Fear, uncertainty, and doubt pervade the online environment today, both from the perspective of consumers and that of businesses. Survey after survey demonstrate that public concerns about privacy have been growing and that many of these concerns focus on the power of technologies to collect, store, search, and transmit large amounts of personally identifiable information. For example, a recent Harris Interactive study showed Internet users are more concerned with privacy issues (56%) than health care (54%), crime (53%) or taxes (53%). Also, the Pew Internet & American Life Project May - June 2000 Poll reports that 84 % of Internet users are concerned that businesses and/or people they do not know are getting personal information about them and their families. This is consistent with Alan Westin's November 1999 survey showing that 92% of consumers are concerned (67% "very concerned") about the misuses of their personal information online.

Fear exists for good reason. The incidence of "Identity Theft" is growing at an astonishing rate. The Internet provides access to personally identifying information, through both illicit and legal means, and the explosion of financial services offered on-line provides a shield of anonymity to the would-be identity thief. The FTC's toll free hotline,(10) which was established so that consumers could report identity theft and obtain counseling to resolve identity theft issues, averaged over 1,000 calls per week during the months of July and August 2000. In addition to identity theft, it seems that everyday I read another frightening tale of the illicit online capture and misuse of a consumer's most intimate personal financial information.

There also exists a high level of online uncertainty in the area of information privacy. A few years ago, almost no sites even posted privacy policies. Now, many sites post a policy but it is often buried at the bottom of a home page and almost always is long, complex, and vague. Consumer fear and uncertainty could inhibit the growth of E-commerce and its potential benefits.

Last summer, in testimony before Congress, I reviewed a number of privacy polices and quoted several passages from those policies that were contradictory and ambiguous. In preparing my remarks for today, I took a look at those polices again. After a quick review, I noted a number of troubling trends.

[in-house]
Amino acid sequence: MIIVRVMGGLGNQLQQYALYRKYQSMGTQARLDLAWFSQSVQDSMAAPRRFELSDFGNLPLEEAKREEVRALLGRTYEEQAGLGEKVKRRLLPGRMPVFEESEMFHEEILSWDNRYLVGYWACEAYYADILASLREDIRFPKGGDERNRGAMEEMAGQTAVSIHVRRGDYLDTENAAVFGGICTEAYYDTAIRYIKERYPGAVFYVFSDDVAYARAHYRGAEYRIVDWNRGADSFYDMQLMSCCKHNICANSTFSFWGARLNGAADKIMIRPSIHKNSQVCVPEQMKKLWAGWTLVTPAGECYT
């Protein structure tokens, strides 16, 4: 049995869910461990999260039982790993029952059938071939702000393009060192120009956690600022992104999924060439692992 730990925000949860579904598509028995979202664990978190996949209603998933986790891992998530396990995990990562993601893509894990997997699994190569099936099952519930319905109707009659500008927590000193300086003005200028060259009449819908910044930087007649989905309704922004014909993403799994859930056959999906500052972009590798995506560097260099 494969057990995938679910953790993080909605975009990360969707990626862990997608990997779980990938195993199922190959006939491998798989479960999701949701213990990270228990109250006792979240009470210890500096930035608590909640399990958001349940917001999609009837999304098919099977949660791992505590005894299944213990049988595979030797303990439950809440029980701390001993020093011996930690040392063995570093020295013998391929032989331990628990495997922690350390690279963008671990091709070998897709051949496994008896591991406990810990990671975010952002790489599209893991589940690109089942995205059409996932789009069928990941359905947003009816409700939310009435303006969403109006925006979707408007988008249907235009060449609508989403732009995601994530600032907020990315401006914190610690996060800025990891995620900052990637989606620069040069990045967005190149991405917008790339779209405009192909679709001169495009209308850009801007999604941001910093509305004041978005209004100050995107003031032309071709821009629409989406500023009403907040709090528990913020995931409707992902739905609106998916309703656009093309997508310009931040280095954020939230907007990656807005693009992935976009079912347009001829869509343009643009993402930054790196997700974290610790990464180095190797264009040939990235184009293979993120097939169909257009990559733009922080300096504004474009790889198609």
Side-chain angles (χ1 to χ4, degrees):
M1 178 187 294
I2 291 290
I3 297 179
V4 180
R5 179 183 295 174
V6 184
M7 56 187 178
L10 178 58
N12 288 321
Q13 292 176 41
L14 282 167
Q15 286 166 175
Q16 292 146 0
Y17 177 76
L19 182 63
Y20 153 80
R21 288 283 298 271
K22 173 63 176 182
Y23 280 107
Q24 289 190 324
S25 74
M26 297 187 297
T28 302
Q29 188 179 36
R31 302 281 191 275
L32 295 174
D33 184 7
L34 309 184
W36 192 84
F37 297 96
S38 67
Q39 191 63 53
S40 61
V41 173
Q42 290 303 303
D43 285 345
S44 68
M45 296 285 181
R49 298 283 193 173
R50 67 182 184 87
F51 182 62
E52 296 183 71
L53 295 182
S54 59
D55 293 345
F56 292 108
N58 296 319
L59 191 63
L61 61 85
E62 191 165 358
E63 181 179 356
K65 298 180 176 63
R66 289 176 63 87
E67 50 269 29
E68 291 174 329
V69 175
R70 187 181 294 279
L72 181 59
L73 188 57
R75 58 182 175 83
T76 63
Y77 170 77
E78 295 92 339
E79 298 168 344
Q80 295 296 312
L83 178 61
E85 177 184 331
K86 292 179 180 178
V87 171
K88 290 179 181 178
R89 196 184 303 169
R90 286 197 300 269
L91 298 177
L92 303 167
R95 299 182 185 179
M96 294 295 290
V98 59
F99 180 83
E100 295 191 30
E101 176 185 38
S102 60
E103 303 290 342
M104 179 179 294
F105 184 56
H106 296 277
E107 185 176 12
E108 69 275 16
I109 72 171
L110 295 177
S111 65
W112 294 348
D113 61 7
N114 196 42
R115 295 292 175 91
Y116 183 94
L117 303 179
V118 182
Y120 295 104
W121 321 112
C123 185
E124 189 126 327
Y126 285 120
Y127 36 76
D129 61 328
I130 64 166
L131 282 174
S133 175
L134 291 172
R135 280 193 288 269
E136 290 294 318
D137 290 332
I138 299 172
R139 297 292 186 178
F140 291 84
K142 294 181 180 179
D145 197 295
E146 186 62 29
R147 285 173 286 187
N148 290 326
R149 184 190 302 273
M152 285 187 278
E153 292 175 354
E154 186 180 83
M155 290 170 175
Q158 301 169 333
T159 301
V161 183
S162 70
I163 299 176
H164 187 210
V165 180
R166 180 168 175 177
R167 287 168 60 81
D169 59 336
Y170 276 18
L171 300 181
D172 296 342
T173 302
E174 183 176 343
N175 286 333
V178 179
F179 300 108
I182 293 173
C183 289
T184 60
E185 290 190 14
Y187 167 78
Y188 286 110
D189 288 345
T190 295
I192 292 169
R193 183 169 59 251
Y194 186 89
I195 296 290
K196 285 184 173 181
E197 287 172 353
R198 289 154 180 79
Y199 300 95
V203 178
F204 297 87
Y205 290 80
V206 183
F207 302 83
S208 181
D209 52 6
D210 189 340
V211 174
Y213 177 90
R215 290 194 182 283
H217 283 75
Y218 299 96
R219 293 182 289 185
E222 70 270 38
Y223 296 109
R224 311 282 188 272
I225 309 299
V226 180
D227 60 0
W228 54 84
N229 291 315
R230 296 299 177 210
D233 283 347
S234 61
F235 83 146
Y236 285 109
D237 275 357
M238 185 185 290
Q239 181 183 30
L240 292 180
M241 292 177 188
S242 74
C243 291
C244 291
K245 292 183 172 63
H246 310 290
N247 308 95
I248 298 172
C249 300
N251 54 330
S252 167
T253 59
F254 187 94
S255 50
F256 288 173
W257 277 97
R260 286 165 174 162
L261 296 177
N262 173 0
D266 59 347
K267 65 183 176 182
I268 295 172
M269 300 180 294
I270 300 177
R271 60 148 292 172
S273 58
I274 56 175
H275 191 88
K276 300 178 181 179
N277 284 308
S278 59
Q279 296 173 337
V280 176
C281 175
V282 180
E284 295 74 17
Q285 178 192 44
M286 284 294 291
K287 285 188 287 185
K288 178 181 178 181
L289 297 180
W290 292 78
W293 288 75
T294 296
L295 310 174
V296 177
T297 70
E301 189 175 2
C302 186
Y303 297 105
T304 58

First, the policies are changing, but consumers may not know it. It appears that the privacy polices themselves are very fluid, but consumer choice is not. Many sites tell consumers that they will likely change their policy from time to time and to check back. For example, one popular site provides:

We may e-mail periodic reminders of our notices and conditions, unless you have instructed us not to, but you should check our Web site frequently to see recent changes.

I am concerned that the burden is on the consumers to check the privacy policy each time they visit the site and attempt to discern whether changes were made and what the changes mean to them or to the information that has already been collected from them.

Second, some of the privacy policies I looked at are long, heavy-handed documents that do not really provide choice to consumers. For example, one popular site's privacy policy appears to be just four pages long when printed, but it contains over 15 specific "click through" opportunities for further explanations or information. When all these pages are printed out, the entire privacy policy is actually over 50 pages in length! The opening paragraph of this same privacy policy begins by saying:

By visiting [this site] you are accepting the practices described in this privacy notice.

I question whether consumers are really being provided with meaningful choice.

Third, many privacy policies have adopted what I call the "kitchen sink" approach. These policies do not necessarily describe what the site currently does with personal information. Instead, they describe conduct or relationships that may occur or exist in the future. These descriptions often go on for pages and pages and cover numerous possible scenarios. Many privacy policies are beginning to look like legal documents that only crafty lawyers can fully understand.

Another disturbing trend is the frequency with which sites link to other sites to create a seamless experience for the consumer. It becomes very difficult for the consumer to determine which site or privacy policy controls a particular transaction or experience. On a related note, many privacy polices refer to "affiliates," "partners," or "third parties" who are never identified and whose privacy policies may trump. These relationships may be fluid as well, especially in the current murky world of mergers and ubiquitous joint ventures.

Finally, many consumers are unaware that personal and other information about them is collected through the use of cookies. A cookie is a small piece of information sent by a web site's server to be stored on an individual consumer's hard drive. Later that information can be read back, identifying a repeat visitor.(11) Cookies are used for a number of reasons: to personalize information, to help with on-line sales and service, to track individual visitors of popular links, or to create overviews of online demographics.(12) Third parties can also place cookies.